The auto is powered by a smooth and capable V6 engine, attached to a six-speed automatic transmission. In addition to advanced navigation, standard features even in the base-level Cadenza include an 8-inch touch screen, back-up camera, high-output, 12-speaker Infinity audio system, rain-sensing automatic wipers, leather upholstery, heated front seats and two-zone automatic climate control.
But for all Kia loads into the car, Cadenza’s cabin feels airy and uncluttered. You could even call its interior stately and sedate, despite all the aids and assistants it puts under your command.
A big advantage that a popular brand like Kia has over upper-crust luxury brands is that the luxury nameplates have to make the advanced technology inside their autos look obvious and extravagant. Car makers like Audi, BMW and Lexus charge so much for their vehicles that they must make their customers feel that they’re getting something more for all the extra dollars they spend. Therefore the driving aids and cabin comforts inside showy luxury cruisers appear so dense, so complicated and so over-engineered that they can become cumbersome, difficult to operate, even annoying. Cadenza avoids that by keeping its high tech accessible, understandable and inviting to operate. The slick, glitzy systems you find in striving luxury cars are still there, but in Cadenza they don’t overwhelm you.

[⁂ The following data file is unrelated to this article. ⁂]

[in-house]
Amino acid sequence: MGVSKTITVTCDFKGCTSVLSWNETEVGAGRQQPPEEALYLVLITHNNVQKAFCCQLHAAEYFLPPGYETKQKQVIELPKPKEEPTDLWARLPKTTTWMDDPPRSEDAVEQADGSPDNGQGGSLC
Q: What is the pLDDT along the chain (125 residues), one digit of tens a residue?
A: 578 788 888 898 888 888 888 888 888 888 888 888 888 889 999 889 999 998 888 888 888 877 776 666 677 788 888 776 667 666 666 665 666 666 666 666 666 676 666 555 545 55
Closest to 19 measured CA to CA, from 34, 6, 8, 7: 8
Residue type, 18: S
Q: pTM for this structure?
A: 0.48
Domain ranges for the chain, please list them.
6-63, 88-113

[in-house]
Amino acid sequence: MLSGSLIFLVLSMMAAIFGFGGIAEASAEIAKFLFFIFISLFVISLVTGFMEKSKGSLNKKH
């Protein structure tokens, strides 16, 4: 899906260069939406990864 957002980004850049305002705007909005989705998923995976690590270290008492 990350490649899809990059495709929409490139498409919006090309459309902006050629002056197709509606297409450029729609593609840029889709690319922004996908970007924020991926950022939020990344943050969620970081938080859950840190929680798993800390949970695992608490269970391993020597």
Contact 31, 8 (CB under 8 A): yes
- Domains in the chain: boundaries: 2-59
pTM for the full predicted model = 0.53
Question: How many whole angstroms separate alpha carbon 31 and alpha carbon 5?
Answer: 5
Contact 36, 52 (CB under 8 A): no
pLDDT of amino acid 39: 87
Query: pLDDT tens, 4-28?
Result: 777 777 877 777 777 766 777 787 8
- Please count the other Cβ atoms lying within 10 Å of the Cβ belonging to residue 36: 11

A little less than a year into its launch of Cadenza, Kia is already out with another new-concept car. The 2015 Kia K900, just arriving now, is a bona fide rear-wheel drive luxury sedan priced around $60,000. It brings Kia to a higher level of the automotive atmosphere, just as Cadenza did at this time last year.
Can Kia sell a car in that class?
“We asked the same question about Cadenza, and it proved that it could,” Daher said.
Jeffrey Zygmont is an author of fiction and non-fiction books, and a long-time auto writer. Contact him at www.jeffreyzygmont.com.